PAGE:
Alternatively, more funds could turn to outsourced talent for management of specific components of the deal process (deal sourcing, analysis, deal close management, etc.), that could be paid for directly by the portfolio company or written off as a deal expense, preserving the finite supply of management fee dollars. Notably, the investment in third-party resources related to providing restructuring, turnaround, and operating support for struggling portfolio companies could have been an additional factor in the sluggish private equity hiring pace seen in 2009.
Bill Lehr, managing director at unfunded sponsor Paxinosa Ventures and formerly a vice president at Blue Point Capital, notes, “I feel it’s an opportune time to start Paxinosa. Owners of small- and medium-sized businesses are showing renewed interest in discussing alternatives including complete sales, capital raises and minority recaps.”
Shifts in the private equity management model toward heightened performance incentives and a leaner organisational structure could result in increases in individual compensation over the long run, which could be balanced by narrower overall availability of PE fund management team positions.
Changes in long-term compensation could stem from limited partners’ awareness that the “carry” is significantly under water, much like management options in public companies. Limited partners could face decisions around the re-pricing of the carry for key managing directors and others; private equity funds with a good story and strong management team could conceivably request a positive adjustment to the current pay-versus-carry formula to incentivise the team to stretch as hard and as far as possible to optimise a fund’s return.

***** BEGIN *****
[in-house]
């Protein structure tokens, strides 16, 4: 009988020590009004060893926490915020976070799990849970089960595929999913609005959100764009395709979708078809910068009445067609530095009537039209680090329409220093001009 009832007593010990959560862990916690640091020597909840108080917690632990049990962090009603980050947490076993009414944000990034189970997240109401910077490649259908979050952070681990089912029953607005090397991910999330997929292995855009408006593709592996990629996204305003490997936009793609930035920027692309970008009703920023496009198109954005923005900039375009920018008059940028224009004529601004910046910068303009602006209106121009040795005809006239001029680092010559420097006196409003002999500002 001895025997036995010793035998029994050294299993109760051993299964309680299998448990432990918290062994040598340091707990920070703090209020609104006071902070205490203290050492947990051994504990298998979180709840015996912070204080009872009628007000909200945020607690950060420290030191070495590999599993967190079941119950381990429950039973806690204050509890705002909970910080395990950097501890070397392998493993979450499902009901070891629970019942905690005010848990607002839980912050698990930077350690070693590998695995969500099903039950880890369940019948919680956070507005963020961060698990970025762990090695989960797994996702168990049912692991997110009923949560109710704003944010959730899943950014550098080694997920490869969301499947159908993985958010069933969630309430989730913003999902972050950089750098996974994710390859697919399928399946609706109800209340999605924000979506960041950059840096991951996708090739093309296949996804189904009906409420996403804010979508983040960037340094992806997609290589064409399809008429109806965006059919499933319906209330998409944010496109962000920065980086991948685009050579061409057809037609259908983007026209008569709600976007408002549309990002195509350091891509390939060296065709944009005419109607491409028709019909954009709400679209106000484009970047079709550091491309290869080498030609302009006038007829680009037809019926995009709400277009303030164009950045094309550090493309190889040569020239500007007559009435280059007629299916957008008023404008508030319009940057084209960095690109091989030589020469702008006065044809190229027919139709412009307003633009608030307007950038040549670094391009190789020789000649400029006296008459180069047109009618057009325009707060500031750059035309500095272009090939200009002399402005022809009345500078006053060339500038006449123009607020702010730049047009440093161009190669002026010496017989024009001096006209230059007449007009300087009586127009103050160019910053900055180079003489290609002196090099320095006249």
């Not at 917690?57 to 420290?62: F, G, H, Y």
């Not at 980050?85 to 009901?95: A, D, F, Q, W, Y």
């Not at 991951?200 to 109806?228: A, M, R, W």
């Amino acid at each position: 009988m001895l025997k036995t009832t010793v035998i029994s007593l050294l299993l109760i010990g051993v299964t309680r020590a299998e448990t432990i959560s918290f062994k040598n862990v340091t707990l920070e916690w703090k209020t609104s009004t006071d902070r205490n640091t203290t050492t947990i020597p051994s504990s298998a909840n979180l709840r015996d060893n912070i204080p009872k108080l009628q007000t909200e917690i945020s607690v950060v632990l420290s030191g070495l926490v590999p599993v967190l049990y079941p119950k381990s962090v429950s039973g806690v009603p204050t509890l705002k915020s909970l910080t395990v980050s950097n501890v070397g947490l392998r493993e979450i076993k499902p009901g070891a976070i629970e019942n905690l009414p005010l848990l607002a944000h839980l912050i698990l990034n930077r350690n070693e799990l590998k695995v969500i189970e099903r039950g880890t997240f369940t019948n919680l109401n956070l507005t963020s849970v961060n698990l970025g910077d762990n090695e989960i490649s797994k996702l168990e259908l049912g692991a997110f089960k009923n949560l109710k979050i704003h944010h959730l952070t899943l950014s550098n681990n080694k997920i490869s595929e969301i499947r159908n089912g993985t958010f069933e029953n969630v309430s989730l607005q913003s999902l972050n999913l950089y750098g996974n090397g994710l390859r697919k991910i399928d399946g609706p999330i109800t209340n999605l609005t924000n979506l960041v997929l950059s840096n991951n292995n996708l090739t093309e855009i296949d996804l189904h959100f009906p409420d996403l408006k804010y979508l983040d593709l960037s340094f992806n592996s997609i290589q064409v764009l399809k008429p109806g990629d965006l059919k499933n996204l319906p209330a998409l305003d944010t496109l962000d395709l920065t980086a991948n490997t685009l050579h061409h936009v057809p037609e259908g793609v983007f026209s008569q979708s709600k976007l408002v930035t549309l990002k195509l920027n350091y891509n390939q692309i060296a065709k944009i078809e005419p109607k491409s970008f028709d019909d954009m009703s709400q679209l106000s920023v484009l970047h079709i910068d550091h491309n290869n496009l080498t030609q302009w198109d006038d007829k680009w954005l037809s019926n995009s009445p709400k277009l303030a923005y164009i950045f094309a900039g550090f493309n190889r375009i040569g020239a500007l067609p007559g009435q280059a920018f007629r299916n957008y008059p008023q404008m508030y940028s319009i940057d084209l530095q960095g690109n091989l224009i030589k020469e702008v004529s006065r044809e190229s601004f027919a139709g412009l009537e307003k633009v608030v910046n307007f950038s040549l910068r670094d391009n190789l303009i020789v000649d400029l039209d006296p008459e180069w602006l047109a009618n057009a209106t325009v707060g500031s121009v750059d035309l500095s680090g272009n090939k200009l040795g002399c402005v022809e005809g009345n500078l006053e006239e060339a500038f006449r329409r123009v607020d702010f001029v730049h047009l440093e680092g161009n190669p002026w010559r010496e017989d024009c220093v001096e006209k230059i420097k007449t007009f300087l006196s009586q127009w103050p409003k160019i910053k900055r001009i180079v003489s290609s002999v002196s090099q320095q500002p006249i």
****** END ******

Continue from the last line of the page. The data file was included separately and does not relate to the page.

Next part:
Fewer overall employment opportunities within funds could be the ultimate offshoot of the squeeze on mid-market private equity. Because investment theses, financing structures, deal components and other pre- and post-closing issues are now well known to the cadre of bankers, lawyers, accountants, and consultants who work in the industry, there will no doubt be some talent-related adjustment to the overall business model and management of private equity. However, this change will occur slowly, over time and without much fanfare.
While deal volume is expected to increase in 2010, an uptick will not necessarily translate immediately into increased demand for talent at funds. Rather, hiring at private equity tends to be tied to fund raising, a pursuit that will likely remain challenging until well after the deal market rebounds.
The closing lyrics of “Carry on Wayward Son” include, “On a stormy sea of moving emotion/ Tossed about I’m like a ship on the ocean/I set a course for winds of fortune/But I hear the voices say.” As we turn the page on 2009’s negative carry and income trends, and enter projected clearer skies and smoother sailing in 2010, there is a potential that the nature and extent of the hands on deck at private equity funds will change as we make the necessary course corrections to safely get the ships into port.